Summer intensive season is almost here. Homework and other obligations will be a thing of the past. As you wrap up your Spring season, you might be thinking to the months and weeks ahead. You might be excited, but you also might be a little nervous too. Summer intensives can be difficult and put dancers at risk for overuse and burnout. You should plan ahead accordingly to have a successful season!

You shouldn’t be afraid to take a break because dancers tend to work hard – sometimes a little too hard. But taking a strategically planned break from the studio won’t set you back and can even set you up for success. Before you start your summer season, try to take a week to completely rest from strenuous physical activity and focus on yourself.

Slowly increase the number of classes you take in the weeks leading up to your intensive to avoid stressing your body unnecessarily. Keep an eye on your technique and work in a way that doesn’t predispose you to common dance injuries. Stretch safely, focus on alignment and stability and be aware of your anatomy’s specific needs.

During summer, work on areas of your body that your dance training doesn’t target. Correcting imbalances helps to prevent overuse and will make you a stronger dancer in the long run. The average technique class doesn’t necessarily prepare you to dance for long periods, so using downtime in which you’re dancing less to work on your cardiovascular health is a good idea. Both swimming and running provide great cardio workouts. Swimming is especially good since it provides minimal impact on the joints.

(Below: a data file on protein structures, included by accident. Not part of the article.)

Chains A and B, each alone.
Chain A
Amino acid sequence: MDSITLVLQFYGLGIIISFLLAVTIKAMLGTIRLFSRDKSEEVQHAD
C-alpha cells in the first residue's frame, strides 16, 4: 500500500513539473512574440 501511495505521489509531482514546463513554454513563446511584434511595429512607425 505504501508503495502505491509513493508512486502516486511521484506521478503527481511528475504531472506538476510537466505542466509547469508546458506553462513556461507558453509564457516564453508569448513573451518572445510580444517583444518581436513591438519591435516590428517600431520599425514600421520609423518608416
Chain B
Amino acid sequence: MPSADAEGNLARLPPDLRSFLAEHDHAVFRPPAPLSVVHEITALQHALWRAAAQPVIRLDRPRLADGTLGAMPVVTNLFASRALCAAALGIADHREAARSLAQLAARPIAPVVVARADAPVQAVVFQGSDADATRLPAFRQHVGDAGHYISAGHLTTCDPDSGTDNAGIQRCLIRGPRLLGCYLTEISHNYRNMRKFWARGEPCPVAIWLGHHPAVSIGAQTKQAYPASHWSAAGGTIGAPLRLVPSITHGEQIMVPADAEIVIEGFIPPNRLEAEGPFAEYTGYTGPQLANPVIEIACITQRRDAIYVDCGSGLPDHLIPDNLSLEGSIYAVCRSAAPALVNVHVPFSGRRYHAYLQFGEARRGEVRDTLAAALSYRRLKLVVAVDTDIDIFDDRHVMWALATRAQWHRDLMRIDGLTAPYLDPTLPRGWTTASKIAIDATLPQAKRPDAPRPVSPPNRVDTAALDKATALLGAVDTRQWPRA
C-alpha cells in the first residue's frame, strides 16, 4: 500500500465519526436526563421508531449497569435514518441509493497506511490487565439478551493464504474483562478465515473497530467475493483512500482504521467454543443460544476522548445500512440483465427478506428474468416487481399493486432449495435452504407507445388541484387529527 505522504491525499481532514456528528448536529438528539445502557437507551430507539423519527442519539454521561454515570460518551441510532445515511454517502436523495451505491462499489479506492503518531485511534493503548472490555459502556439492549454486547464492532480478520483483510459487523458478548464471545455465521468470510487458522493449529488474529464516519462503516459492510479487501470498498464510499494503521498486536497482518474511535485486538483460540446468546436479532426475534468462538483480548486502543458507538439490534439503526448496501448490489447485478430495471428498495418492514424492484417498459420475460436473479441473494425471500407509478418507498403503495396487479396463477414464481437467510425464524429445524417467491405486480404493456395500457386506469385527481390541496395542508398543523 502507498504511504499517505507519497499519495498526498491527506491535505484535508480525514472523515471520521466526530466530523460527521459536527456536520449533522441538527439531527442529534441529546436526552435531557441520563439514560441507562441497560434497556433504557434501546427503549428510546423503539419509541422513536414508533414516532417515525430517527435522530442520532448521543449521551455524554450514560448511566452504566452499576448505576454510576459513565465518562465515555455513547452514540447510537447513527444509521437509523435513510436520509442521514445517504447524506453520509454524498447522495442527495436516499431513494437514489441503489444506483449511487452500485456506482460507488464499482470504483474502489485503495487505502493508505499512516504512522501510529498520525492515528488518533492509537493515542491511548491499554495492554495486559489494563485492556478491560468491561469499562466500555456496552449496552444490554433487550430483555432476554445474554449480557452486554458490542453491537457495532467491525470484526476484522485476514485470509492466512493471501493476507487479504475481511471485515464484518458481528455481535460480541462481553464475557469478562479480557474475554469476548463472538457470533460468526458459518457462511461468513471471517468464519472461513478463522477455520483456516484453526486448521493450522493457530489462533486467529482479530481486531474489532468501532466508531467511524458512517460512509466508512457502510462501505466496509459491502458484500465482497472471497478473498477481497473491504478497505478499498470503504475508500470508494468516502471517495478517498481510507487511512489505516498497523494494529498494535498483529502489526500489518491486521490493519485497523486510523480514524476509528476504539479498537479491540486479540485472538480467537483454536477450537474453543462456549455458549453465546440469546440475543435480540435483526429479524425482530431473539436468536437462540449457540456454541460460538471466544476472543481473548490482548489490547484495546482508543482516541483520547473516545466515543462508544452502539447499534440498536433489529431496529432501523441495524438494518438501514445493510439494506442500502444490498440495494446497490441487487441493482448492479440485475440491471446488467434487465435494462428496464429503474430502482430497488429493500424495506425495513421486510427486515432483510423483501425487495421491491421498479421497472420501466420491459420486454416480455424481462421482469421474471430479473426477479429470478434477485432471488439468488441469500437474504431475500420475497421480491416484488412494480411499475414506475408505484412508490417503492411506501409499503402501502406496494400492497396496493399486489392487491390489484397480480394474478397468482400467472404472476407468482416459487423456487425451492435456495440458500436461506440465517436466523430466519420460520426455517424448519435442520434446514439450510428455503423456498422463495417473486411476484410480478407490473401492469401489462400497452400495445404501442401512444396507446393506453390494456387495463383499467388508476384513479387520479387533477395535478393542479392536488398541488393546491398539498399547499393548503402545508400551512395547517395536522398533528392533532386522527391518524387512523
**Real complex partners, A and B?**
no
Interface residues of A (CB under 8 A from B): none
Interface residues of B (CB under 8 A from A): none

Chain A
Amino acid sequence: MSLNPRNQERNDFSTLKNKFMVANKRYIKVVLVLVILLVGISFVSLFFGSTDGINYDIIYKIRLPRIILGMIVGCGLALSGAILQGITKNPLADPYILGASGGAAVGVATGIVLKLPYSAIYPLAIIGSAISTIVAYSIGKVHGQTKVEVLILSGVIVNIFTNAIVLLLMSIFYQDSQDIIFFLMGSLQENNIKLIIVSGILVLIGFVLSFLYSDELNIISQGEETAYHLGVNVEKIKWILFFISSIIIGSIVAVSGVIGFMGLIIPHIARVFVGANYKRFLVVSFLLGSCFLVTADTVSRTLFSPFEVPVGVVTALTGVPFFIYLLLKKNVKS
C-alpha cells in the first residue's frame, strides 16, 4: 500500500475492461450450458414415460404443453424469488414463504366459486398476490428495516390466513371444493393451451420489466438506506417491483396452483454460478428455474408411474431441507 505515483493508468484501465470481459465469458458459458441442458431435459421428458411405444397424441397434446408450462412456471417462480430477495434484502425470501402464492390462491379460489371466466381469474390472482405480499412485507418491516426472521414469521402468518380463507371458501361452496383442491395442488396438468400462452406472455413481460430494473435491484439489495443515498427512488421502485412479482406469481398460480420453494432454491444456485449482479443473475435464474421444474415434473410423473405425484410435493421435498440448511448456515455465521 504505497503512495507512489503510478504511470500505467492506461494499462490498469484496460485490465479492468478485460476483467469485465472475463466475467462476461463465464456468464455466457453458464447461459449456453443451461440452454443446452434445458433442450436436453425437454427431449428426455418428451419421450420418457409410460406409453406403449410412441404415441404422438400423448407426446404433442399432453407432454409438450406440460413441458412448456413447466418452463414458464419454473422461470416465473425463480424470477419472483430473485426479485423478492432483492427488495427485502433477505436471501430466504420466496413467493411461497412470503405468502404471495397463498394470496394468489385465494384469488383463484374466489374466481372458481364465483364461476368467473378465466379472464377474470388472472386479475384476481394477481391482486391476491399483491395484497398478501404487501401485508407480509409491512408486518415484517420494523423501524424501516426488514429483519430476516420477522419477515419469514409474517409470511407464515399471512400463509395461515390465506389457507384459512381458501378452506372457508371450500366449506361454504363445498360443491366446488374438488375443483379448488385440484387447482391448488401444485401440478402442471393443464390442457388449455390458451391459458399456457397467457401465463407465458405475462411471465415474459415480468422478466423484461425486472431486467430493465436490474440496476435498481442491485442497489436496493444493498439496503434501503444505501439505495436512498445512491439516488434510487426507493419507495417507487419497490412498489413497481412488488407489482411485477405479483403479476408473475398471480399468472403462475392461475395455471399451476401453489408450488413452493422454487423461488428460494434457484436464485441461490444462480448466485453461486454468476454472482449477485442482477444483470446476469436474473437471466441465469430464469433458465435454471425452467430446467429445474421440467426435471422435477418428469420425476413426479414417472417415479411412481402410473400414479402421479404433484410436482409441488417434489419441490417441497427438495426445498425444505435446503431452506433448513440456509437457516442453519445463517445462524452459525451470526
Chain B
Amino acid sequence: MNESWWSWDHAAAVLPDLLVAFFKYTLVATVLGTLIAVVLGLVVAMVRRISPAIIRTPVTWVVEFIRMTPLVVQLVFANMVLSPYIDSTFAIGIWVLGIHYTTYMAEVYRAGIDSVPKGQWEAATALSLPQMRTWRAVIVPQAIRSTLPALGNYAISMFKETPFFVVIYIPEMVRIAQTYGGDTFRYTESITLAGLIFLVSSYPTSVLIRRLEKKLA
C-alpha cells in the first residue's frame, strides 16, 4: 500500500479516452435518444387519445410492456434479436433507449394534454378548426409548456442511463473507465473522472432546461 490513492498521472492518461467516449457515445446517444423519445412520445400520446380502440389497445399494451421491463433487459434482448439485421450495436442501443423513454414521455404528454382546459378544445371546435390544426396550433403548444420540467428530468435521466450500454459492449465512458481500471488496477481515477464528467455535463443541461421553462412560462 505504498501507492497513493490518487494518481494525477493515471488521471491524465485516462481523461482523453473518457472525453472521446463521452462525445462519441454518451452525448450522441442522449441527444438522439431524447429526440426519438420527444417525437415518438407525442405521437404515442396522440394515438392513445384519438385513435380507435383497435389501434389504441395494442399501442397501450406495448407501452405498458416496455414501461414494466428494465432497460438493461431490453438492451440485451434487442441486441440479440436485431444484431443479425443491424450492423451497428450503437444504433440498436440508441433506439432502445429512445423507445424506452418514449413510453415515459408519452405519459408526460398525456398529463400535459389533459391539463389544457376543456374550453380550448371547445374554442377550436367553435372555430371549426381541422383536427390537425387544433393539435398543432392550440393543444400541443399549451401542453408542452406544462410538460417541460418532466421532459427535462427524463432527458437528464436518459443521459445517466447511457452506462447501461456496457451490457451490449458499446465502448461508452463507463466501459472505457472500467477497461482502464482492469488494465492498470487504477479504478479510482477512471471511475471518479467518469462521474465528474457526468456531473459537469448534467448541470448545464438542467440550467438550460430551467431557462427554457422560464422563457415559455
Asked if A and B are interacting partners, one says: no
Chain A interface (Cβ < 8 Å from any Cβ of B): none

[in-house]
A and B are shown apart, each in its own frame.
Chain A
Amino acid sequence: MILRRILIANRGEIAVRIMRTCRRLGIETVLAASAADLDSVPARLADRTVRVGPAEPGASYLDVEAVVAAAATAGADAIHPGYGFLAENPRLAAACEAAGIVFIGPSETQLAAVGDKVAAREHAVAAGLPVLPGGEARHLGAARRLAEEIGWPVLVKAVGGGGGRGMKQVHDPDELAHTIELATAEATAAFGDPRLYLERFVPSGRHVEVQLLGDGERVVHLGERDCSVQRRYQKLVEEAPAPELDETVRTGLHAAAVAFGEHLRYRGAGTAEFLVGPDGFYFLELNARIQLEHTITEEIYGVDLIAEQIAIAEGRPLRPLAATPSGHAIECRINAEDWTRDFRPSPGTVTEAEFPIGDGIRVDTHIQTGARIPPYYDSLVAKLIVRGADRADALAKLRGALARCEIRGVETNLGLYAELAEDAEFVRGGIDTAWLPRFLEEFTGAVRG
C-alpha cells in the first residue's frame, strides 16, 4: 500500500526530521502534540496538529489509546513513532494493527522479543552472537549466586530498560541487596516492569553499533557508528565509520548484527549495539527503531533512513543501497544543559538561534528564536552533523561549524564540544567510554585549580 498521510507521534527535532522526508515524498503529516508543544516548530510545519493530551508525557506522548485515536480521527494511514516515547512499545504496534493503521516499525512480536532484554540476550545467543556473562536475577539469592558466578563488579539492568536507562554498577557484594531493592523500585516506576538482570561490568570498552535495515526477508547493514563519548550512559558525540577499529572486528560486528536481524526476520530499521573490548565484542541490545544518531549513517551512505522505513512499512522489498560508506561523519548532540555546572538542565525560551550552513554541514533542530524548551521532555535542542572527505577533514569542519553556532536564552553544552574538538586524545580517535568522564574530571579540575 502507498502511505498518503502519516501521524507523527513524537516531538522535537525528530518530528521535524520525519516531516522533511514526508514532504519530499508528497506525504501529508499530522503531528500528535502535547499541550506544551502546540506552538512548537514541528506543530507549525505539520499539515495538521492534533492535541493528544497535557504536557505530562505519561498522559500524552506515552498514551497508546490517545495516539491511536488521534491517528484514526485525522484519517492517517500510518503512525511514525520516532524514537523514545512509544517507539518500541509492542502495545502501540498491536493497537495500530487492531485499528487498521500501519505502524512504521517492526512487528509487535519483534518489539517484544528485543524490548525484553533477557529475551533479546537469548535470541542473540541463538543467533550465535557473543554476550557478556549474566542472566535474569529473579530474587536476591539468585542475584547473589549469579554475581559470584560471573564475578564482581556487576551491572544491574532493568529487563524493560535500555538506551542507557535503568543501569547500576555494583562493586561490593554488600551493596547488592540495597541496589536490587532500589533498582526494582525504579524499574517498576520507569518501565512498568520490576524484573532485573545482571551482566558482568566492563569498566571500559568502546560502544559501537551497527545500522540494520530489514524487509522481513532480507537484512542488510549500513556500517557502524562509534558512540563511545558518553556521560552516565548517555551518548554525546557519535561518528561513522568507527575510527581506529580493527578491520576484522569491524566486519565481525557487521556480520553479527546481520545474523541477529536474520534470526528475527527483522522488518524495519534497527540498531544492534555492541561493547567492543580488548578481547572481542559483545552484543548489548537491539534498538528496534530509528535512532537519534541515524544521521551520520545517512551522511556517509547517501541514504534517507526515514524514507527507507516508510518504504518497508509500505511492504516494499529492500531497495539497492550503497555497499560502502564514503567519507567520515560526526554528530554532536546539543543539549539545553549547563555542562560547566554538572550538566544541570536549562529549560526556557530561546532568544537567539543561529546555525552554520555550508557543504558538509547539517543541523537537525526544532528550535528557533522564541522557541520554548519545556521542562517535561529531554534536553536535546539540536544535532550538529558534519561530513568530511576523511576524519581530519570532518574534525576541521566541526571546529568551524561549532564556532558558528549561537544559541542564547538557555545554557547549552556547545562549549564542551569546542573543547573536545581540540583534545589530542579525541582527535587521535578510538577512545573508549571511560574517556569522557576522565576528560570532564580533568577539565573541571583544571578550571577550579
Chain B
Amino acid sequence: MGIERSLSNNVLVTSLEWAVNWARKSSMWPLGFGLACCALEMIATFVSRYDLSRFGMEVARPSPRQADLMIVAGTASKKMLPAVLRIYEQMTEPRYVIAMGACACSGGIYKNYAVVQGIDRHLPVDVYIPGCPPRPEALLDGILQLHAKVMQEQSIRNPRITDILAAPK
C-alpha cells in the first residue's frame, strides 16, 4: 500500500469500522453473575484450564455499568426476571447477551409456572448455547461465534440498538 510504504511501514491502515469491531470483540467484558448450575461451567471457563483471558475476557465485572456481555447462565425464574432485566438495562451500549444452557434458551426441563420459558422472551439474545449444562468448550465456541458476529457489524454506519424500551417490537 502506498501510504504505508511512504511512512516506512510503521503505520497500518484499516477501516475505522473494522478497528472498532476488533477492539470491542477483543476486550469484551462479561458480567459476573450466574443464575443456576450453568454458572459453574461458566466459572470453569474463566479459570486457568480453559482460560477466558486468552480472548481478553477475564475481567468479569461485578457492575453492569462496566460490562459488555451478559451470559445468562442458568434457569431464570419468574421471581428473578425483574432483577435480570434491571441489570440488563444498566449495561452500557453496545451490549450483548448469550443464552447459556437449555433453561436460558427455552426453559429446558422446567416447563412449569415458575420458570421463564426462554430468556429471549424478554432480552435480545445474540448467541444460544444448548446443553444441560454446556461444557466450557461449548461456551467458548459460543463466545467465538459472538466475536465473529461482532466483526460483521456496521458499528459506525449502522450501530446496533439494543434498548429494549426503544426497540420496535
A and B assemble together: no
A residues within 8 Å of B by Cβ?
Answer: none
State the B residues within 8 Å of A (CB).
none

If you hurt yourself dancing, it’s not the end of the world. Be honest with your teachers even if it means letting go of a solo or other big role! Don’t push too much. Your long-term health is the most important thing, and your maturity will make a positive impression.
Just because your friend is going to a six-week classical ballet intensive doesn’t mean you have to. Perhaps your ballet is strong but you struggle with more modern movement or freeze when contemporary choreography is thrown your way. Consider what can help you grow as a whole dancer, especially given today’s demands for versatile artists. Think of your long-term goals. Perhaps taking a break is the best thing to do.

Some intensives have you dancing all day, every day, which is fantastic and so fun. But remember to be kind to your body. Don’t try to do too much. Focus on the activities that are important. Eat well, drink lots of water, and get good sleep so your body has the energy and fuel it needs for all of that activity.

While a summer intensive is going to be difficult, you also want to be sure it’s a good time. Fun is the most important aspect of dance class and you’re doing something wrong if you aren’t able to enjoy your experience.